3 dead in California after SUV fleeing Border Patrol crashes

An SUV fleeing from U.S. Border Patrol agents smashed through a guardrail and hurtled into a ravine off a San Diego freeway, killing three of the vehicle's occupants and seriously injuring a fourth

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SAN DIEGO (AP) — An SUV fleeing from U.S. Border Patrol agents smashed through a guardrail and hurtled into a ravine off a San Diego freeway, killing three of the vehicle’s occupants and seriously injuring a fourth, authorities said Friday.

The chase started after two agents on routine patrol ran the license plate of the GMC Envoy and were alerted that the vehicle was associated with a possibly armed man suspected of murder and human smuggling, the agency said in a statement.

When agents signaled to the SUV to pull over Thursday afternoon on busy Interstate 15, the driver took off.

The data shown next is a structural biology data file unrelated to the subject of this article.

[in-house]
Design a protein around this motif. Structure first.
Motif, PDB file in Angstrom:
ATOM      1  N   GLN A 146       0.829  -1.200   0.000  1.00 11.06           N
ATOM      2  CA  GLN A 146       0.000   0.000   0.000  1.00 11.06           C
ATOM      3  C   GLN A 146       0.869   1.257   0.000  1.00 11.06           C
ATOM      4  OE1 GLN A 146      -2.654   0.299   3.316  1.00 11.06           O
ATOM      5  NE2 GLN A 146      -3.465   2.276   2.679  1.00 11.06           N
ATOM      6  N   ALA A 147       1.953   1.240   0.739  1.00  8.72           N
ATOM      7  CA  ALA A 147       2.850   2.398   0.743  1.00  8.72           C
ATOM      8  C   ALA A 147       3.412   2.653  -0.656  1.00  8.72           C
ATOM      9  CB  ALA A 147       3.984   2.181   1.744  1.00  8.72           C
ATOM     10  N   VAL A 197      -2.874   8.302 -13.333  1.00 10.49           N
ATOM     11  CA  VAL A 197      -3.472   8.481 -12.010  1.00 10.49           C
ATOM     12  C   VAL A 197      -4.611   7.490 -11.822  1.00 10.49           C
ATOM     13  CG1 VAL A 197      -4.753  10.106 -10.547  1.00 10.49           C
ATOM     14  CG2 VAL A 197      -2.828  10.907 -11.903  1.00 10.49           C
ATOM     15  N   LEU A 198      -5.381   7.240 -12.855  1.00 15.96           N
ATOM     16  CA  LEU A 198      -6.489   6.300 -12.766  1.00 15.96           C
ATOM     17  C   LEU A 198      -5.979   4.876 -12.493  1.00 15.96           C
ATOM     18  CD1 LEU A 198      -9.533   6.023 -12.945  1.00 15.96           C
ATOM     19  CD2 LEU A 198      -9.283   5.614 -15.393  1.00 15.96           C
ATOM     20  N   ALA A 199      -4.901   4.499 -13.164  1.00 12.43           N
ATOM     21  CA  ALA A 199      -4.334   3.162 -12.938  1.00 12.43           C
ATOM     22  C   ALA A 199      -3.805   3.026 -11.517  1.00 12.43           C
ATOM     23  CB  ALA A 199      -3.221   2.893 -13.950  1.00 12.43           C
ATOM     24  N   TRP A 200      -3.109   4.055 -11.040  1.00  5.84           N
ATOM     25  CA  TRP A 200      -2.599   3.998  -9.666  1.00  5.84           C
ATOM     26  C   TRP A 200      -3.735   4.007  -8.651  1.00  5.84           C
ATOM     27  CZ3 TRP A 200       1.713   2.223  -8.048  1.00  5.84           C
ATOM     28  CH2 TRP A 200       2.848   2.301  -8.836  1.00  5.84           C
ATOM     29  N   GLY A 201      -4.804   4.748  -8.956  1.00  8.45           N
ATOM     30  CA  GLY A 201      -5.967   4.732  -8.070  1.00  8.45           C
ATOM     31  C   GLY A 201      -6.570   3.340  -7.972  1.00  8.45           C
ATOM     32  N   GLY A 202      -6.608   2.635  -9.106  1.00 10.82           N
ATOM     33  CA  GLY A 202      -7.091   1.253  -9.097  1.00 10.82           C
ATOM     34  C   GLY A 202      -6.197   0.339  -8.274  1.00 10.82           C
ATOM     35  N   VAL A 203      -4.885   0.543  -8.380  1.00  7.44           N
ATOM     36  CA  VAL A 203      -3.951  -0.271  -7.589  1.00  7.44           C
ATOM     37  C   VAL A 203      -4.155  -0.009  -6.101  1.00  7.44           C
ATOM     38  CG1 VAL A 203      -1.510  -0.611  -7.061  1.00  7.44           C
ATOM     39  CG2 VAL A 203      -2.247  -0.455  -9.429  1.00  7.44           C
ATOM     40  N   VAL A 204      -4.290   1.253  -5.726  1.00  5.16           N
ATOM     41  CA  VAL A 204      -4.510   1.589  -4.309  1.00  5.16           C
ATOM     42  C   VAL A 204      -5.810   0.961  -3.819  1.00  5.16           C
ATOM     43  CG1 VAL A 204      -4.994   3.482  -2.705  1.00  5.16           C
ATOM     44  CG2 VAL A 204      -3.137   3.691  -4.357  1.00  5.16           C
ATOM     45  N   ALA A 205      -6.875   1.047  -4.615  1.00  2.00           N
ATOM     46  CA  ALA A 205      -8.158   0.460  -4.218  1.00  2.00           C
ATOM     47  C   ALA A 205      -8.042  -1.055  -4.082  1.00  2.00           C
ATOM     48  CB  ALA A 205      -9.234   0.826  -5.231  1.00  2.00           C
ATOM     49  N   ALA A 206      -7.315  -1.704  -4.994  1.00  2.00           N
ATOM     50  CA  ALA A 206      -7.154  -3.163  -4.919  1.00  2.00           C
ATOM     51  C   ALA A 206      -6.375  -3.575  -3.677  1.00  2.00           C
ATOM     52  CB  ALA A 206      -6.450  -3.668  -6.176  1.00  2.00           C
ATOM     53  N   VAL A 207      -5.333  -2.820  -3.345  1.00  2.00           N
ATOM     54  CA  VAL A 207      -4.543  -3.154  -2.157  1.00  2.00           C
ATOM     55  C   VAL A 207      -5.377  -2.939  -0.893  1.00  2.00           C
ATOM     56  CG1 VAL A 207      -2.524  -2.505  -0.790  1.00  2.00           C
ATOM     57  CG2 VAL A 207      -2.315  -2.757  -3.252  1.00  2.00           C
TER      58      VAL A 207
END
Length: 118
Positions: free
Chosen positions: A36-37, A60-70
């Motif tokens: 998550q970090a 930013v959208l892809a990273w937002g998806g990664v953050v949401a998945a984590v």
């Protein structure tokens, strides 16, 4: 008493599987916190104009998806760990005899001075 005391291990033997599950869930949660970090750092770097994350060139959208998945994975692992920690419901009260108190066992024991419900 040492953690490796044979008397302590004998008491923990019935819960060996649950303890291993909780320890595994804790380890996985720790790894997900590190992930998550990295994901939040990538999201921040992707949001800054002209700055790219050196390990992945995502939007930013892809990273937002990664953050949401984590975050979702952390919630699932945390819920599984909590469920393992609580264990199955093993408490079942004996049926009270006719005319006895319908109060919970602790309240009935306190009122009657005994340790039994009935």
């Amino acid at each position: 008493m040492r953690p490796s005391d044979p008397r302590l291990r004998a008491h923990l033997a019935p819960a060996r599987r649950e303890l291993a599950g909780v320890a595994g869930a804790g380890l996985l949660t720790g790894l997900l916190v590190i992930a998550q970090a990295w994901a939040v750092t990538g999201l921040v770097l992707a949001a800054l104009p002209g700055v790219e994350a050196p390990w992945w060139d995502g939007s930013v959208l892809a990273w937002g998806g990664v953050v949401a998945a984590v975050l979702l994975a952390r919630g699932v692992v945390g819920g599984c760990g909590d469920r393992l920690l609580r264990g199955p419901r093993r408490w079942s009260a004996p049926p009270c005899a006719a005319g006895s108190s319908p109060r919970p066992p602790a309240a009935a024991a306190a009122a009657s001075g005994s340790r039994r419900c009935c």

The speeding driver swerved to exit the freeway when the SUV smashed through a guardrail before rolling down an embankment, ejecting the vehicle’s occupants, the California Highway Patrol said.

Two people died at the scene, and a third person died at a hospital. A fourth occupant was seriously injured.

The deceased included a 28-year-old man from San Diego and a woman and man believed to be in their 20s, but authorities are still working on identifying them, California Highway Patrol Officer Jake Sanchez said. A 22-year-old man from San Juan Bautista, Mexico, remained hospitalized.

Border Patrol officials have not said whether the murder suspect was in the SUV at the time nor would they elaborate on the suspect’s identity or offenses.

U.S. Customs and Border Protection officials in San Diego said they did not have information Friday beyond the statement giving the basic facts. They referred calls to the California Highway Patrol.

Supervisory Border Patrol Agent Mark Endicott told The San Diego Union-Tribune that agents are “highly skilled and highly trained and develop a reasonable amount of suspicion before attempting a vehicle stop.”

Border Patrol policy states agents can only chase vehicles when the benefit outweighs any immediate danger of such pursuits, according to the newspaper.

The policy was overhauled in the 1990s after a Border Patrol chase in California’s Riverside County ended in a deadly crash near a high school. Four students and a father who was driving his son to school were killed.